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Thinking Schools

What is a Thinking School?

At St. Marie’s we believe that a thinking school is an educational community in which all members share a common commitment to giving regular, careful thought to everything that takes place.

This involves learning how to think, reflectively, critically and creatively.

We believe that successful outcomes will be reflected in students across a wide range of abilities demonstrating independent and co-operative learning skills, high levels of achievement, and both enjoyment and satisfaction in learning.

Benefits will also be shown in ways which all members of the community interact with and show consideration for each other and in the positive psychological well-being of both students and staff.

“Self-regulated learners are aware of their strengths and weaknesses, and can motivate themselves to engage in, and improve, their learning.

Developing pupils’ metacognitive knowledge of how they learn – their knowledge of themselves as a learner, of strategies, and of tasks – is an effective way of improving pupil outcomes.” (EEF Report)

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How we have become a Thinking School

In order to become a Thinking School all stakeholders (including parents and school governors) are fully committed to the school’s aims and how they can best be achieved.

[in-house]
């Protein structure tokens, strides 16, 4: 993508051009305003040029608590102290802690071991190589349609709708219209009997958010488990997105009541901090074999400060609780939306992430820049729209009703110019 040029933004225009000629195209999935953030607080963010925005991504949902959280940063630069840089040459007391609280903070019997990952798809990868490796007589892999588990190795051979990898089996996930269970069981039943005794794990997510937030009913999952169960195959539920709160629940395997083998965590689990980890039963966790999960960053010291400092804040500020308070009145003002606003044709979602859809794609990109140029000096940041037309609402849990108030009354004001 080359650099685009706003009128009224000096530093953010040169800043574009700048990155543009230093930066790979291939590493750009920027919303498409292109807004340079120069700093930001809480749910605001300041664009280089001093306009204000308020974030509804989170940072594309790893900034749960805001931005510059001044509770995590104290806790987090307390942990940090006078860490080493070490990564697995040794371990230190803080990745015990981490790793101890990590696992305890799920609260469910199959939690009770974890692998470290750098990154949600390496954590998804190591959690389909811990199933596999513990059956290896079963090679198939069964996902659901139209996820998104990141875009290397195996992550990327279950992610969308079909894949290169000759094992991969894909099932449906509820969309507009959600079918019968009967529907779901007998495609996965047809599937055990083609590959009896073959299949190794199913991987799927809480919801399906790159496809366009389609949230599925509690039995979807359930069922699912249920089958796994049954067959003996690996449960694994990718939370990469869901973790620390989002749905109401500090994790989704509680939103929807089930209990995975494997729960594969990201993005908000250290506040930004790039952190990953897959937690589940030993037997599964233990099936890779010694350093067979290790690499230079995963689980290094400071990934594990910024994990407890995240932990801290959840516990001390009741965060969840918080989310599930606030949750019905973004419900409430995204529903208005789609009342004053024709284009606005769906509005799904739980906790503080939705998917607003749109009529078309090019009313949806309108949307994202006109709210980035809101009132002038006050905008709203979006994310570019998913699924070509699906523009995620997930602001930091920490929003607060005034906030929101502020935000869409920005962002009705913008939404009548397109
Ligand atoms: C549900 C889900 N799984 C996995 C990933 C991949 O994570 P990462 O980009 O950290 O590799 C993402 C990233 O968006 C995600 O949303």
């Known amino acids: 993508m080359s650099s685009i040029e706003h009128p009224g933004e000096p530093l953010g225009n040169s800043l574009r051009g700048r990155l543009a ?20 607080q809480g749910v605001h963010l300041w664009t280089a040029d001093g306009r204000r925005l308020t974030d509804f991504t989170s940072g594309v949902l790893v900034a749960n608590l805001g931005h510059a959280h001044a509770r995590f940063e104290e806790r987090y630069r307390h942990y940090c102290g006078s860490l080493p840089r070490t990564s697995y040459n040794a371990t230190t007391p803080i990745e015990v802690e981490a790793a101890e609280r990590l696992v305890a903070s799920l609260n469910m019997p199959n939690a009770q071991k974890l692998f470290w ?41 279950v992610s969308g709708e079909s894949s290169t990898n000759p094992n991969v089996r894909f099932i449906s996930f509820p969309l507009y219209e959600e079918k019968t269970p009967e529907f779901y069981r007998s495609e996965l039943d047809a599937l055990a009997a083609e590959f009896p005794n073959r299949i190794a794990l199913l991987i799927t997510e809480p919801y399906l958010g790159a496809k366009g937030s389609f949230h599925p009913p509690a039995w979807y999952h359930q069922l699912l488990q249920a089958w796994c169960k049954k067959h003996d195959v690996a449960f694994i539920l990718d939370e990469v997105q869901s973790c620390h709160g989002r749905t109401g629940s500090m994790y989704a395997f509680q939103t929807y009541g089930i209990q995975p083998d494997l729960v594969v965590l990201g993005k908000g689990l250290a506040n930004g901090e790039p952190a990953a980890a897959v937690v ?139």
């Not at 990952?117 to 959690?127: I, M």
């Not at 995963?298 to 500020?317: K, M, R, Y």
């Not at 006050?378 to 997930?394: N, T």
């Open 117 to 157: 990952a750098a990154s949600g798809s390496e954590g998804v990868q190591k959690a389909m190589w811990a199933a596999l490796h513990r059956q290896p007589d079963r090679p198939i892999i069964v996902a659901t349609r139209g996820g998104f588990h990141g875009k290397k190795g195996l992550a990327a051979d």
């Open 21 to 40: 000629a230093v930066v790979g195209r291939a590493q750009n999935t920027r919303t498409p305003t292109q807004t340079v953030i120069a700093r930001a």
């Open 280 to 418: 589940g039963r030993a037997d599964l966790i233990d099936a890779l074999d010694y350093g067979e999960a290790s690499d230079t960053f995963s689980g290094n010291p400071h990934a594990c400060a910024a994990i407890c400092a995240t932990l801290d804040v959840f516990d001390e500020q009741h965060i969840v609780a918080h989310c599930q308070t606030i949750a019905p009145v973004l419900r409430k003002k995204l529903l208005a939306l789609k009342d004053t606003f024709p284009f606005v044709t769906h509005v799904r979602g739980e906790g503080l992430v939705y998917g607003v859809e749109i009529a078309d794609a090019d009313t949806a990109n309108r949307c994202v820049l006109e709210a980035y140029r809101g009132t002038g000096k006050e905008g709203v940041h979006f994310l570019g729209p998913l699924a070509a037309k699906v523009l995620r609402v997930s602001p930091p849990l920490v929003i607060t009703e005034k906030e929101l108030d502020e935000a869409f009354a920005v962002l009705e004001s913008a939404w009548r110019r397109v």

Staff have been specially trained and methods have been introduced into the curriculum for teaching the skills of thinking and associated cognitive and meta-cognitive strategies.

The widest possible application of these skills and strategies underpin all other aspects of the curriculum. We believe that metacognitive strategies should be taught in conjunction with specific subject content.

To see how the Thinking Schools approach is used in each subject, see the subject webpage.

How Metacognition is used across the Curriculum at St. Marie’s

  • In lessons, a series of steps – beginning with the activation and retrieval of prior knowledge leading to independent practice – are used.

  • Modelling by the teacher is an effective tool of teaching; when the adult talks through their thought processes in order to develop the pupils’ metacognitive skills.

  • Scaffolded examples allow pupils to develop their metacognitive and cognitive skills.

  • Challenge is crucial to allow pupils to develop and progress their knowledge of tasks, strategies and themselves as learners. However, challenge needs to be at an appropriate level.

  • As well as instruction and modelling, classroom talk is used to develop metacognitive skills: pupil-to-pupil and pupil-teacher talk help build knowledge and understanding of strategies.

  • Teachers support pupils to develop independent learning skills.

 

What are Thinking Frames?

Thinking Frames are a set of graphic organisers that offer learners a way to improve knowledge recall and see, develop and reflect on their own thought and learning processes.

The Frames can be used by all age groups across all subjects.

 

See examples of Thinking Frames

 

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